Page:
A partial set of Visual Basic 6 bindings have been build for GDAL. Internally these bindings use Declare based calls into the GDAL DLL C API but a set of shadow classes are also provided to provide object oriented access to GDAL services in VB6 similar to those provided in C++.
Note that the VB6 bindings are nowhere near comprehensive, nor are they documented. However, in combination with the corresponding C++ class documentation, and the following docs, it should be possible to use GDAL to accomplish a variety of operations. It is not believed that the VB6 bindings will be of any utility with earlier version of VB nor with VB.Net.
A mailing list specifically on VB6 GDAL topics has been setup at http://groups.yahoo.com/group/gdal-vb6-appdev .
To use VB6 GDAL bindings it is necessary to ensure that GDAL has been built with appropriate C entry points exported using the "stdcall" calling convention. This is the current default, but was not as recently as GDAL 1.2.6. So ensure you get a version more recent than 1.2.6.
Then add the GDAL VB6 class and module files to your VB6 project. These come from the gdal/vb6 directory and include the following key files:
You may need to edit GDALCore.bas, and change occurrences of gdal12.dll to match what your GDAL DLL is called. You can include a full path to the DLL if it can't be guaranteed to be in the current working directory of the application (or the windows system32 directory).
You should also be able to load the "test" project from the gdal\vb6\test directory. The test project has test menu items roughly corresponding to the tasks in the following tutorial topics.
This brief tutorial will demonstrate open a GDAL file, and fetching out some information, about the dataset, and the individual bands. The results are printed to the default from in the following example for simplicity.
Before opening the file we need to register the GDAL format drivers. Normally we will just register all the drivers with GDALAllRegister().
Then we need to try and open the dataset. The GDAL.OpenDS() function returns a GDALDataset object, so we dimension an appropriate object for this. GDAL.OpenDS() is the VB6 equivalent of the GDALDataset::GDALOpen() function.
Then we need to check if the open succeeded, and if not report an error.
If things succeeded, we query width of the image in pixels (XSize), Height of the image in pixels (YSize) and number of bands (BandCount) from the dataset properties.
Next we read metadata from the dataset using the VB6 equivalent of the GDALMajorObject::GetMetadata() method, and report it to the user. Metadata is returned as an array of strings of "name=value" items. Array indices start at zero in the returned array. The domain argument should normally be vbNullString though in specialized circumstances other domains might apply.
Parsing the "name=value" strings from GetMetadata() can be a bit of a bother, so if we were looking for specific values we could use GetMetadataItem() and provide a specific item we want to extract. This would extract just the value if it is found, or an empty string otherwise. The GetMetadataItem() is an analog of the C++ GDALMajorObject::GetMetadataItem() method.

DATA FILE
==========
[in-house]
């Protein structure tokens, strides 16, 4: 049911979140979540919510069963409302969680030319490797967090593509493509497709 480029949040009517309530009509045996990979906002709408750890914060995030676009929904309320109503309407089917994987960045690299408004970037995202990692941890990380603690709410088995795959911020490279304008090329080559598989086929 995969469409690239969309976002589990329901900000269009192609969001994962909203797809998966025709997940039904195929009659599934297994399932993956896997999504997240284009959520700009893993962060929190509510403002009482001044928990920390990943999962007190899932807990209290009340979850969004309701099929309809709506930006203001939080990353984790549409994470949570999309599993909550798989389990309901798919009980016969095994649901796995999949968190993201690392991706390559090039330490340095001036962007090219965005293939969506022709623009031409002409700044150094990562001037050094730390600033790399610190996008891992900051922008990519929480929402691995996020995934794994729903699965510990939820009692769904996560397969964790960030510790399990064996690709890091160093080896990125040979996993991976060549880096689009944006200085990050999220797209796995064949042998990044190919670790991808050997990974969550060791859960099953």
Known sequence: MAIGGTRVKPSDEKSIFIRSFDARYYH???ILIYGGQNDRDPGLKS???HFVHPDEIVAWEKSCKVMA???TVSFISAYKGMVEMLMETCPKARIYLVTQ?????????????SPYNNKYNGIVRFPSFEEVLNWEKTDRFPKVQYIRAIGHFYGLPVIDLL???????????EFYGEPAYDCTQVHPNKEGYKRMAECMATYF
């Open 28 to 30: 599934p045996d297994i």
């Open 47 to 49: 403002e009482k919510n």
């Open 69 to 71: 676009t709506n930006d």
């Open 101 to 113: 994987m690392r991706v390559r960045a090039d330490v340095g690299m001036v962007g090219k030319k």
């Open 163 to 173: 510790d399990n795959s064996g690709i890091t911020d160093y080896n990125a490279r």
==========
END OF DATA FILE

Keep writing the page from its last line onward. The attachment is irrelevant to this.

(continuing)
The GDALDataset::GetGeoTransform() method is used to get fetch the affine transformation used to relate pixel/line locations on the image to georeferenced locations in the current coordinate system. In the most common case (image is not rotated or sheared) you can just report the origin (upper left corner) and pixel size from these values. The method returns 0 on success or an error class if it fails, so we only use the return result (placed into the Geotransform array) on success.
The coordinate system can be fetched using the GDALDataset::GetProjectionRef() analog, GDALDataset.GetProjection(). The returned string is in OpenGIS Well Known Text format. A later example will show how to use an OGRSpatialReference object to reformat the WKT into more readable format and make other use of it.
GDALDataset objects have one or more raster bands associated with them. GDALRasterBand objects can have metadata (accessed the same as on the GDALDataset) as well as an array of pixel values, and various specialized metadata items like data type, color interpretation, offset/scale. Here we report a few of the items.
First we loop over all the bands, fetching a band object for each band and report the band number, and block size.
The GDALRasterBand has a DataType property which has the value returned by the C++ method GDALRasterBand::GetRasterDataType(). The returned value is an integer, but may be compared to the predefined constants GDAL.GDT_Byte, GDAL.GDT_UInt16, GDAL.GDT_Int16, GDAL.GDT_UInt32, GDAL.GDT_Int32, GDAL.GDT_Float32, GDAL.GDT_Float64, GDAL.GDT_CInt16, GDAL.GDT_CInt32, GDAL.GDT_CFloat32 and GDAL.GDT_CFloat64. In this case we use the GDAL.GetDataTypeName() method to convert the data type into a name we can show the user.